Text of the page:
CONSERVATORSHIP OF the Persons of Jerry P. KAYLE and Celia S. Kayle. Stewart Kayle, Plaintiff and Appellant, v. William Remery et al., Defendants and Respondents.
Appellant Stewart Kayle is the Conservator of the persons and estates of his parents, Celia and Jerry Kayle. Seeking to pursue claims against the conservatees' caregivers and others, he filed a complaint in the probate court which was already exercising jurisdiction over the conservatorship. Without notice or a hearing, the court dismissed the complaint. That dismissal was erroneous, and we reverse and remand.
FACTUAL AND PROCEDURAL BACKGROUND
The Court appointed Stewart Kayle as conservator for his parents on October 11, 2002. As Conservator, Mr. Kayle has the authority to pursue claims of financial abuse against caregivers and others. Accordingly, in August 2003 he filed a petition in the probate court seeking protective orders against family members and employees of Woodland Park Retirement Hotel, where the conservatees had resided. The court denied the petitions without prejudice on September 25, 2003.
Mr. Kayle thereafter filed a complaint on February 27, 2004, alleging Woodland Park Retirement Hotel and certain individuals physically and emotionally abused the Conservatees. Specifically he alleged Celia suffered a stroke as a result of misconduct and that Woodland Park conspired to cover up its responsibility. Additionally the complaint alleges that Woodland Park employees generally conspired to protect themselves from liability and “line their own pockets.” Finally it alleges the facility “effectively kidnapped” one of the conservatees and attempted to extort money. The complainant sought compensatory and punitive damages, costs, and other relief.
Without notice or a hearing, the court issued a non-appearance order on March 26, 2004. The court determined the matter should be tried as a general civil action because Plaintiff sought punitive damages based on claims of elder abuse. It further found the complaint would be demurrable, and dismissed the matter without prejudice to its re-filing as a general civil matter. On May 28, 2004, Mr. Kayle attempted unsuccessfully to file an amended complaint, indicating that the statute of limitations had become an issue. On September 10, 2004, he filed a motion to vacate the order of dismissal. The motion was denied on October 6, 2004. This timely appeal followed.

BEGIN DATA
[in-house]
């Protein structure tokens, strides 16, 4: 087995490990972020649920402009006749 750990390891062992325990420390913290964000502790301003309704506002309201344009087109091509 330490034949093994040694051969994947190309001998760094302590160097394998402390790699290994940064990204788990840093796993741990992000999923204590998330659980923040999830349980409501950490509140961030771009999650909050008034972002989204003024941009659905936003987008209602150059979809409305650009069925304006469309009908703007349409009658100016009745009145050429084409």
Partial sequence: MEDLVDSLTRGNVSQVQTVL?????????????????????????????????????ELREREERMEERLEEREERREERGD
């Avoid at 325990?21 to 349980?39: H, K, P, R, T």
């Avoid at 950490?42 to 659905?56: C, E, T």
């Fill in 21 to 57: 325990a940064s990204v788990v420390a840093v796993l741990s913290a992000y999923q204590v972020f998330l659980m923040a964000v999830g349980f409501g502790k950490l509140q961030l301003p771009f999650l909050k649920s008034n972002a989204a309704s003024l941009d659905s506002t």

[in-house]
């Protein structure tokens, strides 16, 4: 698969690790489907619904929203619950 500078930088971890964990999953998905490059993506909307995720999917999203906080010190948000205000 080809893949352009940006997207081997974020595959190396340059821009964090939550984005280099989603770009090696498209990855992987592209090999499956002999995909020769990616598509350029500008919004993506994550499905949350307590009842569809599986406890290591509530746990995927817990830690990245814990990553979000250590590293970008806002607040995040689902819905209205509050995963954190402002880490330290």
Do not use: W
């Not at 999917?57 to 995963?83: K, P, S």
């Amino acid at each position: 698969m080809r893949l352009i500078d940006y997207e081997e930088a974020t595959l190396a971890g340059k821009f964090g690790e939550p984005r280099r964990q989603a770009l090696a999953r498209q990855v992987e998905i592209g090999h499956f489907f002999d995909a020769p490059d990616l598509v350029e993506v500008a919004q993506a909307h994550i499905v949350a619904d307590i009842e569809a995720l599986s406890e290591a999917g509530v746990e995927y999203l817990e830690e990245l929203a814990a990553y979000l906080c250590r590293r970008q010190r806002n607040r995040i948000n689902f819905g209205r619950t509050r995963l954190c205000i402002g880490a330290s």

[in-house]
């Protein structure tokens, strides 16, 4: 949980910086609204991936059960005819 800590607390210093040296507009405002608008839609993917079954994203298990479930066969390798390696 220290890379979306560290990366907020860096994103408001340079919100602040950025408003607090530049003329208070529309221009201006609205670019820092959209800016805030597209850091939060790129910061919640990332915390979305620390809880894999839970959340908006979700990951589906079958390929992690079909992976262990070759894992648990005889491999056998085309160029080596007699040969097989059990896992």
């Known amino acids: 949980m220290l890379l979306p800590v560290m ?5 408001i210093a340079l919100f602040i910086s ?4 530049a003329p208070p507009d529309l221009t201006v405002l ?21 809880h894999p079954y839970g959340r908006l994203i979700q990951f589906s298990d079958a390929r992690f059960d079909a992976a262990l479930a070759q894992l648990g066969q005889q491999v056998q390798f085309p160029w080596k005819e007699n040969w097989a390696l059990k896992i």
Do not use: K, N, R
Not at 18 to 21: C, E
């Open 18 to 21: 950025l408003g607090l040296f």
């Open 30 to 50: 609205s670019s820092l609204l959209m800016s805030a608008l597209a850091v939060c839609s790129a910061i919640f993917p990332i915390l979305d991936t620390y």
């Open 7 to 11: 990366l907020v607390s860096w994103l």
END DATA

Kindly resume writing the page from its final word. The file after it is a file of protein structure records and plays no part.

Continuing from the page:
I. The Probate Court Has Jurisdiction Over Elder Abuse Cases
The legislative purpose of the Elder Abuse and Dependent Adult Civil Protection Act (Welf. & Inst.Code,1 § 15600 et seq.) (Elder Abuse Act) is to afford extra protection to a vulnerable portion of the population from mistreatment by abuse or neglect. (Delaney v. Baker (1999) 20 Cal.4th 23, 33, 82 Cal.Rptr.2d 610, 971 P.2d 986.) To do so, the Elder Abuse Act provides special remedies. For example, in claims brought under the Act, the limitations imposed by section 377.34 of the Code of Civil Procedure, which prohibits damages for pain and suffering, do not apply 2 , although section 3333.2 subdivision (b) of the Civil Code, which caps damages for non-economic losses at $250,000, does. (§ 15657, subd. (b).)
Therefore, personal representatives or successors are able to recover pain and suffering damages for an elderly patient. (ARA Living Centers-Pacific Inc. v. Superior Court (1993) 18 Cal.App.4th 1556, 1563, 23 Cal.Rptr.2d 224.) Because relief under the heightened remedies of the Elder Abuse Act requires proof of conduct equivalent to conduct that would support recovery of punitive damages, with necessary proof, plaintiffs may also recover punitive damages. (Country Villa Claremont Healthcare Center, Inc. v. Superior Court (2004) 120 Cal.App.4th 426, 432, 15 Cal.Rptr.3d 315.)